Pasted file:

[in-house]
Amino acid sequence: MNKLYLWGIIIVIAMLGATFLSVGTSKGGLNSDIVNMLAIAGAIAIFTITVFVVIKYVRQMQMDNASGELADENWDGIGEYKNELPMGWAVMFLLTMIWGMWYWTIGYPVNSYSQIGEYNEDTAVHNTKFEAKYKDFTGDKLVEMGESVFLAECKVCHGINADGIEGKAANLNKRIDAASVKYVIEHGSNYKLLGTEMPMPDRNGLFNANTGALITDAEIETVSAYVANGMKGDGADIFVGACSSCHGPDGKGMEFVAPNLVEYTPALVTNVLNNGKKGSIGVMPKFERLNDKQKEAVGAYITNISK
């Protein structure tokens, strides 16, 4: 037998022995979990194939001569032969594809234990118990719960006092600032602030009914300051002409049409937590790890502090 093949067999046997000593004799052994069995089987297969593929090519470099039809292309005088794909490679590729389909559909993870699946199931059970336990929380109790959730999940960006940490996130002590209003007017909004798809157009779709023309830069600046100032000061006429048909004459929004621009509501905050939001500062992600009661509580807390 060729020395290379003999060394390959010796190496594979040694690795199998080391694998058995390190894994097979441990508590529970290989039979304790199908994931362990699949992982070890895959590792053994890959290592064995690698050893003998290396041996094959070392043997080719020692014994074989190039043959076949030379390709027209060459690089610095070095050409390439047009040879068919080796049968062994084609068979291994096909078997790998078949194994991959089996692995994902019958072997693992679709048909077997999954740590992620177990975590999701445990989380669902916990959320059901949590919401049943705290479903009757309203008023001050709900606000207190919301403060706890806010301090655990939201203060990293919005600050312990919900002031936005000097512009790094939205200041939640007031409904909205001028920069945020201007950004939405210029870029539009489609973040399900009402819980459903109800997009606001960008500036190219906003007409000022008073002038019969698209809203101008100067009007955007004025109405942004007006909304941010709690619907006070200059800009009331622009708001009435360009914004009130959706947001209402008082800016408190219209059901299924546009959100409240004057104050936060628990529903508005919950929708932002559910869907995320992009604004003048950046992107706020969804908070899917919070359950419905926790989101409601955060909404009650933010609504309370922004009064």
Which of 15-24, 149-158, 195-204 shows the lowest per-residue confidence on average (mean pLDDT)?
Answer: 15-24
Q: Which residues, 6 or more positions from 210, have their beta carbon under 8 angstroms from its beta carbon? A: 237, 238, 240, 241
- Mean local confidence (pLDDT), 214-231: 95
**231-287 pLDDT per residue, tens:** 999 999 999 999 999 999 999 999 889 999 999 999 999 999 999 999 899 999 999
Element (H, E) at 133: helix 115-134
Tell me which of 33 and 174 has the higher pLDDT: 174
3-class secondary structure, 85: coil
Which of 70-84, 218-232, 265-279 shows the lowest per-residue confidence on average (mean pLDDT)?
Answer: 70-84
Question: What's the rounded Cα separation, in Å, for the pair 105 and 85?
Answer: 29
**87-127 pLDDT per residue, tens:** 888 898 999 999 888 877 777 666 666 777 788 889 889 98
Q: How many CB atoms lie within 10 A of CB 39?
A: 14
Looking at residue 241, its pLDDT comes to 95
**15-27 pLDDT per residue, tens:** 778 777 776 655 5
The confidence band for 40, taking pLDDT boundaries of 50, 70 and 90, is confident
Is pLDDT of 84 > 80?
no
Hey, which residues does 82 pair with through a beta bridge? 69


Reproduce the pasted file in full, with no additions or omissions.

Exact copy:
[in-house]
Amino acid sequence: MNKLYLWGIIIVIAMLGATFLSVGTSKGGLNSDIVNMLAIAGAIAIFTITVFVVIKYVRQMQMDNASGELADENWDGIGEYKNELPMGWAVMFLLTMIWGMWYWTIGYPVNSYSQIGEYNEDTAVHNTKFEAKYKDFTGDKLVEMGESVFLAECKVCHGINADGIEGKAANLNKRIDAASVKYVIEHGSNYKLLGTEMPMPDRNGLFNANTGALITDAEIETVSAYVANGMKGDGADIFVGACSSCHGPDGKGMEFVAPNLVEYTPALVTNVLNNGKKGSIGVMPKFERLNDKQKEAVGAYITNISK
């Protein structure tokens, strides 16, 4: 037998022995979990194939001569032969594809234990118990719960006092600032602030009914300051002409049409937590790890502090 093949067999046997000593004799052994069995089987297969593929090519470099039809292309005088794909490679590729389909559909993870699946199931059970336990929380109790959730999940960006940490996130002590209003007017909004798809157009779709023309830069600046100032000061006429048909004459929004621009509501905050939001500062992600009661509580807390 060729020395290379003999060394390959010796190496594979040694690795199998080391694998058995390190894994097979441990508590529970290989039979304790199908994931362990699949992982070890895959590792053994890959290592064995690698050893003998290396041996094959070392043997080719020692014994074989190039043959076949030379390709027209060459690089610095070095050409390439047009040879068919080796049968062994084609068979291994096909078997790998078949194994991959089996692995994902019958072997693992679709048909077997999954740590992620177990975590999701445990989380669902916990959320059901949590919401049943705290479903009757309203008023001050709900606000207190919301403060706890806010301090655990939201203060990293919005600050312990919900002031936005000097512009790094939205200041939640007031409904909205001028920069945020201007950004939405210029870029539009489609973040399900009402819980459903109800997009606001960008500036190219906003007409000022008073002038019969698209809203101008100067009007955007004025109405942004007006909304941010709690619907006070200059800009009331622009708001009435360009914004009130959706947001209402008082800016408190219209059901299924546009959100409240004057104050936060628990529903508005919950929708932002559910869907995320992009604004003048950046992107706020969804908070899917919070359950419905926790989101409601955060909404009650933010609504309370922004009064």
Which of 15-24, 149-158, 195-204 shows the lowest per-residue confidence on average (mean pLDDT)?
Answer: 15-24
Q: Which residues, 6 or more positions from 210, have their beta carbon under 8 angstroms from its beta carbon? A: 237, 238, 240, 241
- Mean local confidence (pLDDT), 214-231: 95
**231-287 pLDDT per residue, tens:** 999 999 999 999 999 999 999 999 889 999 999 999 999 999 999 999 899 999 999
Element (H, E) at 133: helix 115-134
Tell me which of 33 and 174 has the higher pLDDT: 174
3-class secondary structure, 85: coil
Which of 70-84, 218-232, 265-279 shows the lowest per-residue confidence on average (mean pLDDT)?
Answer: 70-84
Question: What's the rounded Cα separation, in Å, for the pair 105 and 85?
Answer: 29
**87-127 pLDDT per residue, tens:** 888 898 999 999 888 877 777 666 666 777 788 889 889 98
Q: How many CB atoms lie within 10 A of CB 39?
A: 14
Looking at residue 241, its pLDDT comes to 95
**15-27 pLDDT per residue, tens:** 778 777 776 655 5
The confidence band for 40, taking pLDDT boundaries of 50, 70 and 90, is confident
Is pLDDT of 84 > 80?
no
Hey, which residues does 82 pair with through a beta bridge? 69